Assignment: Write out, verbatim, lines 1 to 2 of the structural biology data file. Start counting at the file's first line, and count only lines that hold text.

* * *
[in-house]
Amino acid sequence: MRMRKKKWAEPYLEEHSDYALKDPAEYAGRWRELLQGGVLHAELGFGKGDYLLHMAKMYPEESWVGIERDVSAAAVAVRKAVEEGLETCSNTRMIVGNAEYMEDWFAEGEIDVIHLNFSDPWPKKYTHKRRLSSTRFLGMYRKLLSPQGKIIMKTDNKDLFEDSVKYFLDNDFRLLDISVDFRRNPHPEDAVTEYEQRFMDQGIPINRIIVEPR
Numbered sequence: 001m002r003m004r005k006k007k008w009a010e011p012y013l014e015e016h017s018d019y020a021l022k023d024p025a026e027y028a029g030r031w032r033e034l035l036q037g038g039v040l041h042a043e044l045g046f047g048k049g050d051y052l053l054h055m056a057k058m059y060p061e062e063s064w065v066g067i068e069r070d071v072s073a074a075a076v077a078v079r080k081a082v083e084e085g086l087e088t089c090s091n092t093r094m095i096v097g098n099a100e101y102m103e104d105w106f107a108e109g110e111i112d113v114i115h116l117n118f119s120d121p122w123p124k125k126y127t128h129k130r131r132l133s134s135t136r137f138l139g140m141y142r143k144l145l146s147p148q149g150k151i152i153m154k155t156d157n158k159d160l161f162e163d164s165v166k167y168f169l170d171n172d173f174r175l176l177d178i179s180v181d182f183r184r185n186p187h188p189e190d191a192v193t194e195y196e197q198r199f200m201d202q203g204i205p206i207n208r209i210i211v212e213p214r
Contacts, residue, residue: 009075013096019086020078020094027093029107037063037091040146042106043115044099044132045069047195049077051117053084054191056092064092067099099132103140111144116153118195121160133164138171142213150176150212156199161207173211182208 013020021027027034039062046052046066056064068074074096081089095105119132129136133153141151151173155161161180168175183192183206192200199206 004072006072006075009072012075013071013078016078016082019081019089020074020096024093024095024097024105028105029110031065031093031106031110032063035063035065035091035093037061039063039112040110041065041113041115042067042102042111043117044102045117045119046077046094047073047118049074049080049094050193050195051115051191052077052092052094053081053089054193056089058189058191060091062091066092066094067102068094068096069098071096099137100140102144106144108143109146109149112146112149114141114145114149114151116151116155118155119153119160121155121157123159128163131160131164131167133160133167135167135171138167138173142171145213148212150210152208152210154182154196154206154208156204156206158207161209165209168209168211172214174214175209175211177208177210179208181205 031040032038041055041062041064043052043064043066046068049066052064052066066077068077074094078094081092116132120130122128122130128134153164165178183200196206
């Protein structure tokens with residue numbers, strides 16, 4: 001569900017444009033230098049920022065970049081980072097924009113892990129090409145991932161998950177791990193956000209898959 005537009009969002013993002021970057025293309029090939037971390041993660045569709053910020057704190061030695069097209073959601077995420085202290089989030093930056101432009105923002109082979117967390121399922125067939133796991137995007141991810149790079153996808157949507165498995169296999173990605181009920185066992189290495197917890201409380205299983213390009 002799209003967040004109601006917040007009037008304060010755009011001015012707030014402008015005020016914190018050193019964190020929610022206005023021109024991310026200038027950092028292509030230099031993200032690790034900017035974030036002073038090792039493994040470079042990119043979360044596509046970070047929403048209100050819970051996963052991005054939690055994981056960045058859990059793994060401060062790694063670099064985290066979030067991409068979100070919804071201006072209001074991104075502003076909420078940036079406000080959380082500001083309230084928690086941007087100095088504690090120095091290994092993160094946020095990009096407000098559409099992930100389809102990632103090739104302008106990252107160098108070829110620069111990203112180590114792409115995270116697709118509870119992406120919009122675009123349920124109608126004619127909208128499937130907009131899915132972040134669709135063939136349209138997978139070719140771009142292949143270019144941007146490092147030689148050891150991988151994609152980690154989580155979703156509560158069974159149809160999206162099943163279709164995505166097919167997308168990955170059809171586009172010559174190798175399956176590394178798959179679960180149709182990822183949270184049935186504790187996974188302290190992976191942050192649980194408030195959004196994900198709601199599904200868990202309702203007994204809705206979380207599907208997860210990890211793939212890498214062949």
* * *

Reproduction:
[in-house]
Amino acid sequence: MRMRKKKWAEPYLEEHSDYALKDPAEYAGRWRELLQGGVLHAELGFGKGDYLLHMAKMYPEESWVGIERDVSAAAVAVRKAVEEGLETCSNTRMIVGNAEYMEDWFAEGEIDVIHLNFSDPWPKKYTHKRRLSSTRFLGMYRKLLSPQGKIIMKTDNKDLFEDSVKYFLDNDFRLLDISVDFRRNPHPEDAVTEYEQRFMDQGIPINRIIVEPR